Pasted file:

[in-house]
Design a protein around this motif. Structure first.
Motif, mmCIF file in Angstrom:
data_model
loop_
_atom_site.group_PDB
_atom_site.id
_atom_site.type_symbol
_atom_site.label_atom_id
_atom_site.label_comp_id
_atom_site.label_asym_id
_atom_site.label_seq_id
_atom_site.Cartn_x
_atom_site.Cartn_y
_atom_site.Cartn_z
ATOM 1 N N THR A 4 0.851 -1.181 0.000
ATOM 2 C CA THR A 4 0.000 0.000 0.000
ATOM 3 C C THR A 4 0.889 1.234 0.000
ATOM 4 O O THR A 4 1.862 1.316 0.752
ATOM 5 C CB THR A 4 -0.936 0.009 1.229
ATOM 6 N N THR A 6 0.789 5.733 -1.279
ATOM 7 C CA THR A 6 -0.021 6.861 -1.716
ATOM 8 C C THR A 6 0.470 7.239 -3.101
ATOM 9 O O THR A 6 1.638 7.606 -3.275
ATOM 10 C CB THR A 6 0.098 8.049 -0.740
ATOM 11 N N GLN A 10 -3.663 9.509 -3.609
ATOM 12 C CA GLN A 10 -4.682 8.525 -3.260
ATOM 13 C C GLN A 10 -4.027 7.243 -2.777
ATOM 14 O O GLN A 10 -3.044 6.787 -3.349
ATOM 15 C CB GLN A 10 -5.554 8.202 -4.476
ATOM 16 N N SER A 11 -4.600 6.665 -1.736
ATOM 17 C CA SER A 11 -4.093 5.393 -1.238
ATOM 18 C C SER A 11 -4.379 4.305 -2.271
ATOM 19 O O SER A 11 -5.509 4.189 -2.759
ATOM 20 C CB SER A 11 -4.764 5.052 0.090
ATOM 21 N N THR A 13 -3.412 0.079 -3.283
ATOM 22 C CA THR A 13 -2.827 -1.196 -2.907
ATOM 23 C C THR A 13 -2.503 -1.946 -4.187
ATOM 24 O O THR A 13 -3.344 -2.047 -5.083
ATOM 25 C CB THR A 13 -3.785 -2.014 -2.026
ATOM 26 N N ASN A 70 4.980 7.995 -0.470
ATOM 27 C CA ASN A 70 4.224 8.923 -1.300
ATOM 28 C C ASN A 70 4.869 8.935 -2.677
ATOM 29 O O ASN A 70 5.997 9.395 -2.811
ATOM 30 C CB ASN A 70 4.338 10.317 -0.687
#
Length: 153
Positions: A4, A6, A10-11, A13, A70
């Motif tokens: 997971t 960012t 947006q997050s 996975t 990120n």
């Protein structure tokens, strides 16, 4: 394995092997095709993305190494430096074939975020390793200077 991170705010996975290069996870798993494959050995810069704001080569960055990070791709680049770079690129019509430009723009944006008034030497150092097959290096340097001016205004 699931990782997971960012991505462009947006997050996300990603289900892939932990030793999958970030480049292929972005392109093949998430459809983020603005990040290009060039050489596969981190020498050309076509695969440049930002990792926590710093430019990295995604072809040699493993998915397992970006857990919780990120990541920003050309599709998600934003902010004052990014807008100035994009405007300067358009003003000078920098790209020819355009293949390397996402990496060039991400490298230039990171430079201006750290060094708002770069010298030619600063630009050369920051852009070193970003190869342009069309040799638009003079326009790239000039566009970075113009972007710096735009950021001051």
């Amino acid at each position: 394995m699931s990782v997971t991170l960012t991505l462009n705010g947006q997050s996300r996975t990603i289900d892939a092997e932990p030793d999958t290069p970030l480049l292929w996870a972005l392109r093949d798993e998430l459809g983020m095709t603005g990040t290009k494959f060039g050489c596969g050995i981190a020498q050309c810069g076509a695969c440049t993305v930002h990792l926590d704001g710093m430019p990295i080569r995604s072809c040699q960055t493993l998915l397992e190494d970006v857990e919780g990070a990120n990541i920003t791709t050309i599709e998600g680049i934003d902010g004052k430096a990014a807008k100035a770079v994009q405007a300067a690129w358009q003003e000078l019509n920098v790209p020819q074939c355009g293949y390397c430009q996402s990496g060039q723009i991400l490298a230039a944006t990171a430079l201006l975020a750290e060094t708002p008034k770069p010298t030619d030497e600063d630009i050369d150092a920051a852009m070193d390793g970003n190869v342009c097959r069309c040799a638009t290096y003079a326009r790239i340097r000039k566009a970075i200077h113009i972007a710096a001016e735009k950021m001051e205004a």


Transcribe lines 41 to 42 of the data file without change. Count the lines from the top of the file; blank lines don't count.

ATOM 26 N N ASN A 70 4.980 7.995 -0.470
ATOM 27 C CA ASN A 70 4.224 8.923 -1.300